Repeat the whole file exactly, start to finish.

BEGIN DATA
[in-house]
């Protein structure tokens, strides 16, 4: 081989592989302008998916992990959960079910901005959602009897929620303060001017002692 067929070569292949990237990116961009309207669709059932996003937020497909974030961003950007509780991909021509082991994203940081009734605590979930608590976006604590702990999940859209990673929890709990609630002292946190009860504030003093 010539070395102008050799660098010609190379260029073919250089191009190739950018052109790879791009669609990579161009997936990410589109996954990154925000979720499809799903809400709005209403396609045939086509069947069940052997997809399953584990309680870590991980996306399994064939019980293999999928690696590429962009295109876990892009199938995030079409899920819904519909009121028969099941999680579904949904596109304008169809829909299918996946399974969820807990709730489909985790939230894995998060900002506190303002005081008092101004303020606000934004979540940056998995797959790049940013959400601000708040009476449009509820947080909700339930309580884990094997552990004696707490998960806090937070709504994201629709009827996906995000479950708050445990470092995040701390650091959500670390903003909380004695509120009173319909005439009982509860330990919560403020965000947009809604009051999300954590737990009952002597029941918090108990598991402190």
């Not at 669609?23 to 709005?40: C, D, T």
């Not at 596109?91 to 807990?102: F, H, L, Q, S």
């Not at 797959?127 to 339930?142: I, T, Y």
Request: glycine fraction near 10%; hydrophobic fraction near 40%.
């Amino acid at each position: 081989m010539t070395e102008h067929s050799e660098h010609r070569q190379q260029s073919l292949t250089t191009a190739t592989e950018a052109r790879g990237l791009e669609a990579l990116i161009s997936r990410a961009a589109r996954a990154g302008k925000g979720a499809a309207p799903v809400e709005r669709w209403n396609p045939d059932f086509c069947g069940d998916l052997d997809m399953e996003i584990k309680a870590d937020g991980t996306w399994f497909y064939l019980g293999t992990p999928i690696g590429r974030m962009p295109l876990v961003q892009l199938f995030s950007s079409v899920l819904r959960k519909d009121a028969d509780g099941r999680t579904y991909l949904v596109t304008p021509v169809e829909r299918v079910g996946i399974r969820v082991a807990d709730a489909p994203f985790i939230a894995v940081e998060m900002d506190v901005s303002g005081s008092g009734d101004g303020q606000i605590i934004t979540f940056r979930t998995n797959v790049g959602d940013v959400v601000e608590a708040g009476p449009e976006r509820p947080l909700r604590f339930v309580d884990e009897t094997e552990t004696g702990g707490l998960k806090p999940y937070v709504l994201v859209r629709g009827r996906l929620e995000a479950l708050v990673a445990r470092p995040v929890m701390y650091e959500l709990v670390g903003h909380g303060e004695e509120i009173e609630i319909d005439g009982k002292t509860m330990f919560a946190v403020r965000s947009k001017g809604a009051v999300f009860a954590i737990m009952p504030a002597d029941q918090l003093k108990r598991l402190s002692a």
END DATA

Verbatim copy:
[in-house]
């Protein structure tokens, strides 16, 4: 081989592989302008998916992990959960079910901005959602009897929620303060001017002692 067929070569292949990237990116961009309207669709059932996003937020497909974030961003950007509780991909021509082991994203940081009734605590979930608590976006604590702990999940859209990673929890709990609630002292946190009860504030003093 010539070395102008050799660098010609190379260029073919250089191009190739950018052109790879791009669609990579161009997936990410589109996954990154925000979720499809799903809400709005209403396609045939086509069947069940052997997809399953584990309680870590991980996306399994064939019980293999999928690696590429962009295109876990892009199938995030079409899920819904519909009121028969099941999680579904949904596109304008169809829909299918996946399974969820807990709730489909985790939230894995998060900002506190303002005081008092101004303020606000934004979540940056998995797959790049940013959400601000708040009476449009509820947080909700339930309580884990094997552990004696707490998960806090937070709504994201629709009827996906995000479950708050445990470092995040701390650091959500670390903003909380004695509120009173319909005439009982509860330990919560403020965000947009809604009051999300954590737990009952002597029941918090108990598991402190």
């Not at 669609?23 to 709005?40: C, D, T």
């Not at 596109?91 to 807990?102: F, H, L, Q, S």
């Not at 797959?127 to 339930?142: I, T, Y």
Request: glycine fraction near 10%; hydrophobic fraction near 40%.
């Amino acid at each position: 081989m010539t070395e102008h067929s050799e660098h010609r070569q190379q260029s073919l292949t250089t191009a190739t592989e950018a052109r790879g990237l791009e669609a990579l990116i161009s997936r990410a961009a589109r996954a990154g302008k925000g979720a499809a309207p799903v809400e709005r669709w209403n396609p045939d059932f086509c069947g069940d998916l052997d997809m399953e996003i584990k309680a870590d937020g991980t996306w399994f497909y064939l019980g293999t992990p999928i690696g590429r974030m962009p295109l876990v961003q892009l199938f995030s950007s079409v899920l819904r959960k519909d009121a028969d509780g099941r999680t579904y991909l949904v596109t304008p021509v169809e829909r299918v079910g996946i399974r969820v082991a807990d709730a489909p994203f985790i939230a894995v940081e998060m900002d506190v901005s303002g005081s008092g009734d101004g303020q606000i605590i934004t979540f940056r979930t998995n797959v790049g959602d940013v959400v601000e608590a708040g009476p449009e976006r509820p947080l909700r604590f339930v309580d884990e009897t094997e552990t004696g702990g707490l998960k806090p999940y937070v709504l994201v859209r629709g009827r996906l929620e995000a479950l708050v990673a445990r470092p995040v929890m701390y650091e959500l709990v670390g903003h909380g303060e004695e509120i009173e609630i319909d005439g009982k002292t509860m330990f919560a946190v403020r965000s947009k001017g809604a009051v999300f009860a954590i737990m009952p504030a002597d029941q918090l003093k108990r598991l402190s002692a």